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dylann roof was convicted last month of more than thirty charges us president barack obama has given his farewell speech in chicago, where he reflected on his time in office. he said, "by almost every measure, america is a better, stronger place" than it was eight years ago. the times reports uk labour leaderjeremy corbyn has backed a plan to limit pay at companies with government contracts and has proposed increasing income tax for higher earners. the ft says deutsche bank is turning to social media feeds such as twitter to find promising millennials who could be persuaded to consider a career in finance. the gulf news carries the decision by fifa to expand the world cup to a8 teams by 2026. president gianni infantino sais, "we have to shape the world cup of the 21st century." and finally, do you suffer noisy conversations from office colleagues you wish you could somehow switch off? well the newly invented hushme could be your salvation. resembling a pair of headphones the device covers a persons mouth and cancels out all noise while letting the wearer to continue to talk and listen on the phone. we can't do that on the tv. u nfortu nately, if we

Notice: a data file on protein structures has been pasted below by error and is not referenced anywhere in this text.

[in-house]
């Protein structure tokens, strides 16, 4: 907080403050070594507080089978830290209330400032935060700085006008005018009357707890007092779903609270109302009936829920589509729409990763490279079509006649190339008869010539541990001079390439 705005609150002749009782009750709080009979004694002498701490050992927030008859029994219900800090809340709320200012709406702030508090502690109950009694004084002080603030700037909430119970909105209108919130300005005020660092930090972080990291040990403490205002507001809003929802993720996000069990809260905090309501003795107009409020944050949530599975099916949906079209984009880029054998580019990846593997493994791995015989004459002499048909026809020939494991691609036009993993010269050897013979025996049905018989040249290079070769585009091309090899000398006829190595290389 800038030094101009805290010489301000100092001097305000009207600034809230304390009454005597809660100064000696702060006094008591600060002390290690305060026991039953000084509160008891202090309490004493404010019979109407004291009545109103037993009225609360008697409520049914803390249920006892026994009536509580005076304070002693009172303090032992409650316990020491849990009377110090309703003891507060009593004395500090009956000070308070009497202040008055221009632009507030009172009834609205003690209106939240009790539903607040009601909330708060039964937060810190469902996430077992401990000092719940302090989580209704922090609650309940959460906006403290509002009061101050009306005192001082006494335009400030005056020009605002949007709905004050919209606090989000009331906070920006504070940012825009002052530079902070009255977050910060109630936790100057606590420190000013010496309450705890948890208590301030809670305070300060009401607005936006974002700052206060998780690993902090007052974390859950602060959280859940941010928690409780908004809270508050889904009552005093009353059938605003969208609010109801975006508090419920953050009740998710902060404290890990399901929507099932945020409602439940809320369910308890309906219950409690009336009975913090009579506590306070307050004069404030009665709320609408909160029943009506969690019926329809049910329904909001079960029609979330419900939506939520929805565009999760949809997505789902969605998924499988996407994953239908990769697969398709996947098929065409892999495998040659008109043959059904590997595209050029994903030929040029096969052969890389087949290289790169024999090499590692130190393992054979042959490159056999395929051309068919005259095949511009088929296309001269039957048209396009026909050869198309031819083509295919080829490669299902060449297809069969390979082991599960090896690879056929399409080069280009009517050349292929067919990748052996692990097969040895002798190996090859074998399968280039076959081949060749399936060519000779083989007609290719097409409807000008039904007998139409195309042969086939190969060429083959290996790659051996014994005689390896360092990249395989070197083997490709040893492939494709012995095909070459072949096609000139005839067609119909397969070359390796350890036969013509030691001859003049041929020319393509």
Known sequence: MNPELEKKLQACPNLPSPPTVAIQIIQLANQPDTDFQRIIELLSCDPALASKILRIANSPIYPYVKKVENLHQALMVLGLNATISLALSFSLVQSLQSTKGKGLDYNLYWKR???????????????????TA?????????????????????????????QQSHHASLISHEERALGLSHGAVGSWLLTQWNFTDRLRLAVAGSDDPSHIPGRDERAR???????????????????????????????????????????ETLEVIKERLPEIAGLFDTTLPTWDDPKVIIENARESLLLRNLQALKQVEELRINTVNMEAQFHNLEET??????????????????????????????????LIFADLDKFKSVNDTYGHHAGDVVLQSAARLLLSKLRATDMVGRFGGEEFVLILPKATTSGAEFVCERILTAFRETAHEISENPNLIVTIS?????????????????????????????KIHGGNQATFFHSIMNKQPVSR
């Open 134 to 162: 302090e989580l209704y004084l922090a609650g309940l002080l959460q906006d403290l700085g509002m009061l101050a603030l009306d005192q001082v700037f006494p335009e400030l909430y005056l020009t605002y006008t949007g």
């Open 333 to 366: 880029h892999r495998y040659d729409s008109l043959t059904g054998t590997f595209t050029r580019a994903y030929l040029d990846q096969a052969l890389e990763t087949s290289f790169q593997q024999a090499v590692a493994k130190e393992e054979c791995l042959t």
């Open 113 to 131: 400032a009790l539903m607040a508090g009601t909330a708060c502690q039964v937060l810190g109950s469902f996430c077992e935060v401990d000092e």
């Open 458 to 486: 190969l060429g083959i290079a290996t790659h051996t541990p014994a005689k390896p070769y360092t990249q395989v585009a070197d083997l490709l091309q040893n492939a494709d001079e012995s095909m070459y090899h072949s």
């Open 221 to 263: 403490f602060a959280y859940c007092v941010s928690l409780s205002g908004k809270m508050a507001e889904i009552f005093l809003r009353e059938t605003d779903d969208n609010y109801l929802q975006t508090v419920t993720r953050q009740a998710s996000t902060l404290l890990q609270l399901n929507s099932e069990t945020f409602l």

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we can't do that on the tv. unfortunately, if we had aaron heslehurst, we could try it on him. i was thinking of various presenters, but anyway.